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China dodges blame for Qualcomm-NXP merger demise

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China on Friday sought to deflect blame after US chipmaker Qualcomm dropped a merger with Dutch rival NXP over its failure to receive Chinese regulatory blessing, with Beijing saying it was still open to discussions.

[BEIJING] China on Friday sought to deflect blame after US chipmaker Qualcomm dropped a merger with Dutch rival NXP over its failure to receive Chinese regulatory blessing, with Beijing saying it was still open to discussions.

The unexpected statement came a day after the American tech giant called off the planned US$43-billion merger, which had failed to receive approval from Chinese antitrust authorities - an apparent casualty of ongoing trade tensions between Washington and Beijing.

The State Administration for Market Regulation (SAMR) said it "knows that Qualcomm and NXP have decided to abandon the transaction, and finds that regrettable".

"The results of our evaluation show that Qualcomm's latest plan cannot resolve competition issues... we hope to continue communicating with Qualcomm to find a solution within the review period."

It was not immediately clear whether the regulator's statement meant the deal could potentially be revived.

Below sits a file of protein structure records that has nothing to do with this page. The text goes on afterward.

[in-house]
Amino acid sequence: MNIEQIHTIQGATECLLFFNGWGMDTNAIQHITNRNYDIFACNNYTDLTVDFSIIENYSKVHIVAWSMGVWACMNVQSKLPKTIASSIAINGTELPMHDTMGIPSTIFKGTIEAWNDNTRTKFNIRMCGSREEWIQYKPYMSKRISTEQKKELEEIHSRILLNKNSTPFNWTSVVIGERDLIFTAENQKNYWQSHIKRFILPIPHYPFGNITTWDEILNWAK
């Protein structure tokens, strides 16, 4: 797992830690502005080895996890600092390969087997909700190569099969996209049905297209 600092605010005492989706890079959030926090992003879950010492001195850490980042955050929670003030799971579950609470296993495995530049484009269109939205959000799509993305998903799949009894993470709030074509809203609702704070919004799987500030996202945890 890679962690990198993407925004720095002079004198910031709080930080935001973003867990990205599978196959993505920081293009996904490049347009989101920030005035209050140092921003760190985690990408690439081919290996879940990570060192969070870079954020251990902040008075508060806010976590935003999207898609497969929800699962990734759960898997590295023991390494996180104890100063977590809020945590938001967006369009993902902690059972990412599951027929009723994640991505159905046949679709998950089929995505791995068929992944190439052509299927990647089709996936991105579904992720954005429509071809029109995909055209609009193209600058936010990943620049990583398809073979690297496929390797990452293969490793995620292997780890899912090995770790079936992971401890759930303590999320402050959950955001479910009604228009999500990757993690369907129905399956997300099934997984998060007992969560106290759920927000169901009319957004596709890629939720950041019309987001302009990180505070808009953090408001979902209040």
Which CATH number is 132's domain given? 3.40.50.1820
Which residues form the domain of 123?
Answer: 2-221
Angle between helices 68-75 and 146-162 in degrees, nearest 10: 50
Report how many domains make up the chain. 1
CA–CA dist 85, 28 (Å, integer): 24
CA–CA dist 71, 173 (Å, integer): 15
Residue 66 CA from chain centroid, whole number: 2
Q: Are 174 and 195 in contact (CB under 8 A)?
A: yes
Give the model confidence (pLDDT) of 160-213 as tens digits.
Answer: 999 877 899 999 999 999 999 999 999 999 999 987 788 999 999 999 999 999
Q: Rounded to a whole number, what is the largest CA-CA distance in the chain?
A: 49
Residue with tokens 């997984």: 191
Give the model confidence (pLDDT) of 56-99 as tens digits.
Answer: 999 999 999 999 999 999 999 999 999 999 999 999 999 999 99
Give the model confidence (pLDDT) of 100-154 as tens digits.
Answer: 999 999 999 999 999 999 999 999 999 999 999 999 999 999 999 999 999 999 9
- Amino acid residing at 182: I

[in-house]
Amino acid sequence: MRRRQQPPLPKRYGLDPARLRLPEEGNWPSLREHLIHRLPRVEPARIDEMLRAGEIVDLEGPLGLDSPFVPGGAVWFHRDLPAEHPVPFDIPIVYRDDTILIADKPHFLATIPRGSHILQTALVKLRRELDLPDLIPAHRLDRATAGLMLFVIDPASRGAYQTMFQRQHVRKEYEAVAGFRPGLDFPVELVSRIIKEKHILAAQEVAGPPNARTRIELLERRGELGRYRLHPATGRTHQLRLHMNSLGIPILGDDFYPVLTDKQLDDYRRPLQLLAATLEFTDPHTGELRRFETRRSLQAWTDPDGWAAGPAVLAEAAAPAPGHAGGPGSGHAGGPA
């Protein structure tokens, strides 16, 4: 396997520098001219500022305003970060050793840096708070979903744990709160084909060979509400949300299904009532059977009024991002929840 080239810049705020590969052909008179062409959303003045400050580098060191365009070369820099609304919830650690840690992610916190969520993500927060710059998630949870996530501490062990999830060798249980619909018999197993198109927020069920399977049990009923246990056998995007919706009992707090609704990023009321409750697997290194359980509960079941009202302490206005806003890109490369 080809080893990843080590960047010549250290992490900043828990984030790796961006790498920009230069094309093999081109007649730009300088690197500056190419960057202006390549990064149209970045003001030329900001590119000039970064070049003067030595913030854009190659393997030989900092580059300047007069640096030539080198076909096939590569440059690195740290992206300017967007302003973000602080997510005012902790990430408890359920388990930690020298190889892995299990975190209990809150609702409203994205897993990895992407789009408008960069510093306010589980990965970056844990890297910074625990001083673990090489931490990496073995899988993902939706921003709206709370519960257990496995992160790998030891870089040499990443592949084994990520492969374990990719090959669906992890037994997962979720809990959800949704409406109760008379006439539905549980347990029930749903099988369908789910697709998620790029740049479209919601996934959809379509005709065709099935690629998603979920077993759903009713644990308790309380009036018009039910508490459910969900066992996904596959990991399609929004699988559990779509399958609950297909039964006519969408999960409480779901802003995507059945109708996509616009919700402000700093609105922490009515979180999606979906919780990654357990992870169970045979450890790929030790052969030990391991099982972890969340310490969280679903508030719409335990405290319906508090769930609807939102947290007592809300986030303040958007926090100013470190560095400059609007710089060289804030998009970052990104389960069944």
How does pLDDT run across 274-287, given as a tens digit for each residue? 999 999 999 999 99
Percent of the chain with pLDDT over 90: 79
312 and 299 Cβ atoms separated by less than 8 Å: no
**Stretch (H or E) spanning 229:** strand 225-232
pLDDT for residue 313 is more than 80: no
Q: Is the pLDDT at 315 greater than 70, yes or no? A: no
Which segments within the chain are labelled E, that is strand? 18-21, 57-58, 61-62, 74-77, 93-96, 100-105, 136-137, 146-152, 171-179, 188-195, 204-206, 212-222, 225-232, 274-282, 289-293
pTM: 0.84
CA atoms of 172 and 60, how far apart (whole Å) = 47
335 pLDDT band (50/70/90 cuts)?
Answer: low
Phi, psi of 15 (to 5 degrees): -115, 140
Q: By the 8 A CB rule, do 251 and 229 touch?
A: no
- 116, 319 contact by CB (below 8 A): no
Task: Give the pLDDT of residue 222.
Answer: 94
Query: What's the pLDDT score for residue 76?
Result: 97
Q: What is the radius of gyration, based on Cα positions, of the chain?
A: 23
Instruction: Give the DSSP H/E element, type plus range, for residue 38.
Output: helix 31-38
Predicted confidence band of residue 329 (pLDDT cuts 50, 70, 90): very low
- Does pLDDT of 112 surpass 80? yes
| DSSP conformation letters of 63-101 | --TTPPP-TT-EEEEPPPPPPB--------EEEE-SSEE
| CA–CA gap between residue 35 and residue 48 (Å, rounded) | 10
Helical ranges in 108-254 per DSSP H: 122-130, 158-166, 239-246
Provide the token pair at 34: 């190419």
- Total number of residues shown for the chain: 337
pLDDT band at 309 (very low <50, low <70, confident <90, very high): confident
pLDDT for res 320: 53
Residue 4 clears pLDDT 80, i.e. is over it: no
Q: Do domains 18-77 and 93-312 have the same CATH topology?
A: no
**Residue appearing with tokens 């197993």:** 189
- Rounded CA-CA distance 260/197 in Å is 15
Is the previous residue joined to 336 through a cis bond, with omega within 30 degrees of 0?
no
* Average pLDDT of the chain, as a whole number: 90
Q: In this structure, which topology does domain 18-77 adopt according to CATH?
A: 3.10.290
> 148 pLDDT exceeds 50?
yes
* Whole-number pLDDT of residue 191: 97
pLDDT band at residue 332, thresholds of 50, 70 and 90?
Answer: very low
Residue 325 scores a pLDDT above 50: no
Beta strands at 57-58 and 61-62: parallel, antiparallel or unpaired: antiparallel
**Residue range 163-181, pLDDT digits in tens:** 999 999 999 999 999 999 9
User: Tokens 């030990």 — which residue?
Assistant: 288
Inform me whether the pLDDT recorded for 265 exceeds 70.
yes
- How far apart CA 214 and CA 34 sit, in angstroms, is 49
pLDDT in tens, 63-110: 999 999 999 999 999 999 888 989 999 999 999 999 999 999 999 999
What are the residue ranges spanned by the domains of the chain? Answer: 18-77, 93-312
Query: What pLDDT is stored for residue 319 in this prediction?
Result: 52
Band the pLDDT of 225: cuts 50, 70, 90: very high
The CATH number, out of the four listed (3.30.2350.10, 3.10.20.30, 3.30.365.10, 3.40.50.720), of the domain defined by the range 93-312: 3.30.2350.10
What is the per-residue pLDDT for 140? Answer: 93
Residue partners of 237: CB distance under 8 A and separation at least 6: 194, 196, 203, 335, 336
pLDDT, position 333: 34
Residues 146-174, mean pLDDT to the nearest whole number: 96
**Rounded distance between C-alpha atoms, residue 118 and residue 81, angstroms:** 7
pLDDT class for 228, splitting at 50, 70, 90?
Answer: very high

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The tie-up was aimed at creating a diversified chipmaker combining Qualcomm's dominant position in smartphones and NXP's foothold in the market for chips that power "internet of things" connected devices.

Chinese regulators said the deal would have created a virtual monopoly with "deep and far-reaching" consequences.

Qualcomm said it would pay NXP a US$2-billion break-up fee and begin a US$30-billion stock repurchase plan.

US Treasury Secretary Steven Mnuchin expressed disappointment that the deal fell through but sidestepped questions on whether it was related to the standoff with China.

Officials in Beijing have also denied any link between the deal's collapse and China-US trade frictions.

The US has assessed tariffs on tens of billions of dollars worth of Chinese goods and is threatening further action. Beijing has imposed tit-for-tat tariffs too.

China has voiced long-term plans to boost innovation and growth in its own high-tech sector, a strategy aimed at challenging US dominance and reducing Chinese reliance on foreign chips and other technology.

AFP

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